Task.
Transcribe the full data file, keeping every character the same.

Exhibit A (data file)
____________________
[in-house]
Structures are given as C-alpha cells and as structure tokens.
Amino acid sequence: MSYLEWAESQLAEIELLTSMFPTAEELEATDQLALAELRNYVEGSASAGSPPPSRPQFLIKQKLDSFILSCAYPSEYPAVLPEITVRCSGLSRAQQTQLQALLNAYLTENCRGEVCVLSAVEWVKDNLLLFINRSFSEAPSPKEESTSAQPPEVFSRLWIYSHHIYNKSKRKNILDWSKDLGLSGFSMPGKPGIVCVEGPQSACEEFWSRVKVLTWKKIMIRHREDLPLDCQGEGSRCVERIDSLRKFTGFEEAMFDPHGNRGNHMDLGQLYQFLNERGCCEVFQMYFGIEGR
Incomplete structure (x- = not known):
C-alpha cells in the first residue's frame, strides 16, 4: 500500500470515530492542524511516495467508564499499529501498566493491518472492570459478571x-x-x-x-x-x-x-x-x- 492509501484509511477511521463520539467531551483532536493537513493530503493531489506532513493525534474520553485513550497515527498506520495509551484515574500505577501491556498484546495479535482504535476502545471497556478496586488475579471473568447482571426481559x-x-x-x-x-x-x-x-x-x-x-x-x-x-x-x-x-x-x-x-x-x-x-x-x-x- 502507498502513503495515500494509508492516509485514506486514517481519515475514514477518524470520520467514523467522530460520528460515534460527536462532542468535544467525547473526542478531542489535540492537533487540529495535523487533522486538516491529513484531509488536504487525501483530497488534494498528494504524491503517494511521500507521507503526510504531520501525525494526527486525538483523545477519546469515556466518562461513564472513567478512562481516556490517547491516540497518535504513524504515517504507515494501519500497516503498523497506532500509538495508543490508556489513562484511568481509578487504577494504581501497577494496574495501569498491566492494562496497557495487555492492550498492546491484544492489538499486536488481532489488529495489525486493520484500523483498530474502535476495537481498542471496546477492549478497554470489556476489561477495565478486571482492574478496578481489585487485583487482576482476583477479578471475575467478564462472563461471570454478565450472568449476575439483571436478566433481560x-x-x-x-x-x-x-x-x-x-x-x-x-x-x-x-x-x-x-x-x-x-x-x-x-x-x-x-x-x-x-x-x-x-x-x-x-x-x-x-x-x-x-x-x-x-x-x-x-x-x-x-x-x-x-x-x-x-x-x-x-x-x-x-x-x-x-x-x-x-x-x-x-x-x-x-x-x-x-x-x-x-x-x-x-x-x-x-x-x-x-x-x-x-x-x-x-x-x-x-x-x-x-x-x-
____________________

[in-house]
Structures are given as C-alpha cells and as structure tokens.
Amino acid sequence: MSYLEWAESQLAEIELLTSMFPTAEELEATDQLALAELRNYVEGSASAGSPPPSRPQFLIKQKLDSFILSCAYPSEYPAVLPEITVRCSGLSRAQQTQLQALLNAYLTENCRGEVCVLSAVEWVKDNLLLFINRSFSEAPSPKEESTSAQPPEVFSRLWIYSHHIYNKSKRKNILDWSKDLGLSGFSMPGKPGIVCVEGPQSACEEFWSRVKVLTWKKIMIRHREDLPLDCQGEGSRCVERIDSLRKFTGFEEAMFDPHGNRGNHMDLGQLYQFLNERGCCEVFQMYFGIEGR
Incomplete structure (x- = not known):
C-alpha cells in the first residue's frame, strides 16, 4: 500500500470515530492542524511516495467508564499499529501498566493491518472492570459478571x-x-x-x-x-x-x-x-x- 492509501484509511477511521463520539467531551483532536493537513493530503493531489506532513493525534474520553485513550497515527498506520495509551484515574500505577501491556498484546495479535482504535476502545471497556478496586488475579471473568447482571426481559x-x-x-x-x-x-x-x-x-x-x-x-x-x-x-x-x-x-x-x-x-x-x-x-x-x- 502507498502513503495515500494509508492516509485514506486514517481519515475514514477518524470520520467514523467522530460520528460515534460527536462532542468535544467525547473526542478531542489535540492537533487540529495535523487533522486538516491529513484531509488536504487525501483530497488534494498528494504524491503517494511521500507521507503526510504531520501525525494526527486525538483523545477519546469515556466518562461513564472513567478512562481516556490517547491516540497518535504513524504515517504507515494501519500497516503498523497506532500509538495508543490508556489513562484511568481509578487504577494504581501497577494496574495501569498491566492494562496497557495487555492492550498492546491484544492489538499486536488481532489488529495489525486493520484500523483498530474502535476495537481498542471496546477492549478497554470489556476489561477495565478486571482492574478496578481489585487485583487482576482476583477479578471475575467478564462472563461471570454478565450472568449476575439483571436478566433481560x-x-x-x-x-x-x-x-x-x-x-x-x-x-x-x-x-x-x-x-x-x-x-x-x-x-x-x-x-x-x-x-x-x-x-x-x-x-x-x-x-x-x-x-x-x-x-x-x-x-x-x-x-x-x-x-x-x-x-x-x-x-x-x-x-x-x-x-x-x-x-x-x-x-x-x-x-x-x-x-x-x-x-x-x-x-x-x-x-x-x-x-x-x-x-x-x-x-x-x-x-x-x-x-x-